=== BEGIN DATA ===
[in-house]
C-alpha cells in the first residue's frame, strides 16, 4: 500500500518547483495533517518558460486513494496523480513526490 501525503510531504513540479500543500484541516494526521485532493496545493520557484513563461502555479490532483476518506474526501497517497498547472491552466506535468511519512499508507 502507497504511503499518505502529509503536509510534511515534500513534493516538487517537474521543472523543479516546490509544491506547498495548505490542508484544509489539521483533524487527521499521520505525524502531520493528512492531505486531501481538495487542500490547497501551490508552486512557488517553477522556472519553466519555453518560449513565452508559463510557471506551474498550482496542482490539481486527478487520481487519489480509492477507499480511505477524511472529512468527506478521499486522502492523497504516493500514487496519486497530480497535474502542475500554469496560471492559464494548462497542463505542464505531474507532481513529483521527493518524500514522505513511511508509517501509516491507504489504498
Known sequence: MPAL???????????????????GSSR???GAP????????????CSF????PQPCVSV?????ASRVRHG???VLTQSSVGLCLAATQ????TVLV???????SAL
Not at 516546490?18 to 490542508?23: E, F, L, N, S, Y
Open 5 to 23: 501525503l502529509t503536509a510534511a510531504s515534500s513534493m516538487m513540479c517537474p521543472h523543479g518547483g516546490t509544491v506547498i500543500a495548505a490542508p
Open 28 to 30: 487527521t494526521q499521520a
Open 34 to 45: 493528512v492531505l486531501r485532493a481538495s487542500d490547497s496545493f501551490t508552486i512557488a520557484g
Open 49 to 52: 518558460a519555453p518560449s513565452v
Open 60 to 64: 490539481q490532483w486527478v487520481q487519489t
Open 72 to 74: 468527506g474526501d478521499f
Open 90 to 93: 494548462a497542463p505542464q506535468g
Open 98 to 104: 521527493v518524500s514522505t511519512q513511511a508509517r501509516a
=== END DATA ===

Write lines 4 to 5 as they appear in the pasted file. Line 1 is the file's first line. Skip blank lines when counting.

Not at 516546490?18 to 490542508?23: E, F, L, N, S, Y
Open 5 to 23: 501525503l502529509t503536509a510534511a510531504s515534500s513534493m516538487m513540479c517537474p521543472h523543479g518547483g516546490t509544491v506547498i500543500a495548505a490542508p